"Technology That Takes You Further"  Now this is the final bullet point so it could be a summary of the previous points but do we really need a summary of a segment that took about 5 seconds? I think not. The emphasis on the word "Technology" is the clue. Its Nissan's way of introducing Al-Air.

Check my previous post about Al-Air  and its many advantages.  So what do you think about Nissan's 300 mile LEAF? Well, I don't have to, I know!

Saturday, June 13, 2015

Nissan's Discounted Lease Purchase Program

Recently Nissan has announced huge discounts off the lease buyout of the 2011-2013 Nissan LEAFs. The amounts range from a few thousand to several thousand.

This is great news but I have to say I am a bit surprised at some of the reaction from the EV community. Now, I do realize that no matter what the subject is, there will always be a complete spectrum of reactions to that subject but it seems everyone has missed the biggest one.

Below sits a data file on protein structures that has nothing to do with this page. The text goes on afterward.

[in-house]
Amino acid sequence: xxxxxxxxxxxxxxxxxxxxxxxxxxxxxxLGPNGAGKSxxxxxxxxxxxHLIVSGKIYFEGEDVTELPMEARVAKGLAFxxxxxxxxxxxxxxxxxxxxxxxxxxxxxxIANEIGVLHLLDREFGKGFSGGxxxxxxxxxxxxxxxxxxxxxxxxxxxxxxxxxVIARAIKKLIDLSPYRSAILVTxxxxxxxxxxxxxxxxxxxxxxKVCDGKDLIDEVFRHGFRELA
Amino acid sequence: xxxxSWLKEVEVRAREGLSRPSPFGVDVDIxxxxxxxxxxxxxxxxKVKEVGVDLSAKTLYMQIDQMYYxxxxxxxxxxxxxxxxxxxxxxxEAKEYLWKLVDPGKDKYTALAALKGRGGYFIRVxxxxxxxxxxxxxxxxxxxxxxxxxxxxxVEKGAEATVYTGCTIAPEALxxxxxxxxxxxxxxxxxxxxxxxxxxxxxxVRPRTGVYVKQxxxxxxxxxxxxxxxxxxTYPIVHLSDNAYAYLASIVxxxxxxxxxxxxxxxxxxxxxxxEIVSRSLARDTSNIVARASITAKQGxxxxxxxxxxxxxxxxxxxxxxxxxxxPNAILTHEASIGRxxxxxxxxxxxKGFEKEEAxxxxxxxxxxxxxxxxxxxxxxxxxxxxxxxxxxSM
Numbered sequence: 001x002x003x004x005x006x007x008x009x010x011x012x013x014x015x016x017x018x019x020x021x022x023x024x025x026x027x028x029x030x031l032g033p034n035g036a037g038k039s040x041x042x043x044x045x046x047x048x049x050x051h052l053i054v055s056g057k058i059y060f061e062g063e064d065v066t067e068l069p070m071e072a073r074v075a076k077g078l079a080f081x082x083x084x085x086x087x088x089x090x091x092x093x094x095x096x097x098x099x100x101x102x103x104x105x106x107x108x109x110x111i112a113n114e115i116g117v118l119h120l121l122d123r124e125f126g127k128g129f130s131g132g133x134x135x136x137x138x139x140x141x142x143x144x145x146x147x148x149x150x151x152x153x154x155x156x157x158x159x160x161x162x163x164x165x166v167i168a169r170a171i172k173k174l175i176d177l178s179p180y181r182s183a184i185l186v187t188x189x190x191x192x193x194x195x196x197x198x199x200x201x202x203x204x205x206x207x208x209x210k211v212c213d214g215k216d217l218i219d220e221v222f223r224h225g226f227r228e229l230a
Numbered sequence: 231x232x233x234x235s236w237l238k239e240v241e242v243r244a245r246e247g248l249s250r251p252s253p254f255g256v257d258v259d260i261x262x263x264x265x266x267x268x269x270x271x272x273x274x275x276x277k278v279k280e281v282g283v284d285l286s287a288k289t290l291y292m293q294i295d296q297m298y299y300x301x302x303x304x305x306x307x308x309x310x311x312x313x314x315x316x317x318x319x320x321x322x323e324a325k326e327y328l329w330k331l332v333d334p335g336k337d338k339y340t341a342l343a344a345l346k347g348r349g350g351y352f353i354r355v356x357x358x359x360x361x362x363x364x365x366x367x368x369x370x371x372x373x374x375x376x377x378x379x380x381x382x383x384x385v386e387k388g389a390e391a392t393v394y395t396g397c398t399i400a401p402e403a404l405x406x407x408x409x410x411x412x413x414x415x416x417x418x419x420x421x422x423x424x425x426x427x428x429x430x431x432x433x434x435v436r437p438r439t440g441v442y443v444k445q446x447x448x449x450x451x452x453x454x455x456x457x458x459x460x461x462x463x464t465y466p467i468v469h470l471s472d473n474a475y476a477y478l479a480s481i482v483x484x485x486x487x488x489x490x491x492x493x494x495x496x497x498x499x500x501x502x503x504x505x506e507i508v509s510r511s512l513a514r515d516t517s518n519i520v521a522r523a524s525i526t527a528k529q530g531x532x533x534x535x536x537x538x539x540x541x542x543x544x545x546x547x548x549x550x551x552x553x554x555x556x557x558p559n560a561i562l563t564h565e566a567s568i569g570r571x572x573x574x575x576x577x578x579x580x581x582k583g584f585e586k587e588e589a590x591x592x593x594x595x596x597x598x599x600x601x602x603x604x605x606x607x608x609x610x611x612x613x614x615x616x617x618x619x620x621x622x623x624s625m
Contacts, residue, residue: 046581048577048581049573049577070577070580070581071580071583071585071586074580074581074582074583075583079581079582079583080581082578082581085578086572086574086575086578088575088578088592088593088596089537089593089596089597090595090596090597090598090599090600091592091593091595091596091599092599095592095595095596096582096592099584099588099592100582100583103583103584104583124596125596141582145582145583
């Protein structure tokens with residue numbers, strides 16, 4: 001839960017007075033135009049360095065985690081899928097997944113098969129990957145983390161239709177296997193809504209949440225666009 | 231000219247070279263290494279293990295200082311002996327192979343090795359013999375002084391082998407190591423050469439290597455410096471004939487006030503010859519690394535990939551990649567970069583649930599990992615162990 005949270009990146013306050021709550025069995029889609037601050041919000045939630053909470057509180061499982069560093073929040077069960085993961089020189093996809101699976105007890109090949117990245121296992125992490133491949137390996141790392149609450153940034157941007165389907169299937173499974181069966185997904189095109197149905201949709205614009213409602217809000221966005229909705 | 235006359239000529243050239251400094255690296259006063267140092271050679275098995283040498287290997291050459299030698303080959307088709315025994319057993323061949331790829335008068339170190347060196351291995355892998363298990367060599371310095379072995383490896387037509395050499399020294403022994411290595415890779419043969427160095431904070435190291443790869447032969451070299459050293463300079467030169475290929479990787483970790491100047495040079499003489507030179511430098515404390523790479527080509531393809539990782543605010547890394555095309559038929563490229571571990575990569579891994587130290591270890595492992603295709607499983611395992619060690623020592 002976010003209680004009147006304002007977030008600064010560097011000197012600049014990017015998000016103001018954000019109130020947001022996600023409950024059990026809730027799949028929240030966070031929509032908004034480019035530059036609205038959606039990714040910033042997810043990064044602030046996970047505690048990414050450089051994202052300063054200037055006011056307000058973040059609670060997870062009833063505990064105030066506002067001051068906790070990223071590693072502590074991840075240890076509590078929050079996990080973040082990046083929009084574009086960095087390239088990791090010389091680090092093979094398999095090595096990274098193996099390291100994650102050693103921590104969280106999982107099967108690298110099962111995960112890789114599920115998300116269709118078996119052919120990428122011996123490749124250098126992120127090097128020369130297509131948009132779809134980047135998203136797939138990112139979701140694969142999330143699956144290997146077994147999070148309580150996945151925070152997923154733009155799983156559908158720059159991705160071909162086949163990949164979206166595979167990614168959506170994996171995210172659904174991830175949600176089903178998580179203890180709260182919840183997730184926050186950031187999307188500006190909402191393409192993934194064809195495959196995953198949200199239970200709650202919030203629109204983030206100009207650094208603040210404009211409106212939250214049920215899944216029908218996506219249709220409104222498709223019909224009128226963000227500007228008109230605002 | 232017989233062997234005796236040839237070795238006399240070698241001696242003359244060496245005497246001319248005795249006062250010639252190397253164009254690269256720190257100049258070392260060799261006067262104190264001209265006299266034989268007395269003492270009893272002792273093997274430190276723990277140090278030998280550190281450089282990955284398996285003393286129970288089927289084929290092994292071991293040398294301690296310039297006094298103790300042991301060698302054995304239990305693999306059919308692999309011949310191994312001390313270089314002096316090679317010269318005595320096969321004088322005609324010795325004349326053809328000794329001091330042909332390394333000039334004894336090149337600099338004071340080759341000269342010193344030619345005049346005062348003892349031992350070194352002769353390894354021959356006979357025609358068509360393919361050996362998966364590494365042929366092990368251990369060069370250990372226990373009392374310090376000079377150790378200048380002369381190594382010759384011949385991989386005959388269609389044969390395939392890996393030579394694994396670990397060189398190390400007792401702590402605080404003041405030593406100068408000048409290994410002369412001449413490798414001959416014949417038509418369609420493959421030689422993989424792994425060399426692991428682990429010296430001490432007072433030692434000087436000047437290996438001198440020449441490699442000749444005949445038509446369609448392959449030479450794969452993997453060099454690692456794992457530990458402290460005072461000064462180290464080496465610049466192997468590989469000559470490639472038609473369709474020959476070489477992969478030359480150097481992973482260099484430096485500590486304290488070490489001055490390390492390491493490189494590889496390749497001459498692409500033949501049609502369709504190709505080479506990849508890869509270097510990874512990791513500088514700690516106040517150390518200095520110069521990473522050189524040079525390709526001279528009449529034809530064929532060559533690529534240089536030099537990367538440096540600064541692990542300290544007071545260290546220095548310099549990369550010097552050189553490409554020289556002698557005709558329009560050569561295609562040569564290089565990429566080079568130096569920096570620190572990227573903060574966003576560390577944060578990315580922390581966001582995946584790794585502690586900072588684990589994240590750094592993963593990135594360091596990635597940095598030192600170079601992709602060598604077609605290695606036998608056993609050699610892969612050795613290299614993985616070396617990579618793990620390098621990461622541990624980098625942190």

A lot of comments were aimed at Nissan trying to scramble to cover the anticipated large number of lease returns. With a longer range LEAF just around the corner, the motivation to keep the older LEAFs will be affected as one would expect. So they threw out this seemingly desperation move to help stem the tide of returns.  Not sure I see it that way.

Would it play better if Nissan pitched it as "Buy your leased vehicle and receive a free replacement battery!"

I, for one would not like it at all.  For me, I would say "Give me the CASH! I will decide when and from whom, I will buy that battery from"

 Remember; Nissan tried to do a battery leasing program that was completely destroyed in the online community. It was not a bad plan at all. It was a way to have a range guarantee without a large output of cash. I did the math. Most people would be paying about the same money either way. Whether it was plop down $5400 now, or pay $100 a month. The costs after financing were nearly identical. But because of the reaction, we never did get any details of how Nissan planned to handle the extremes of drivers; the lightly used LEAFs and the road warriors. I am guessing both of these would have made out even better.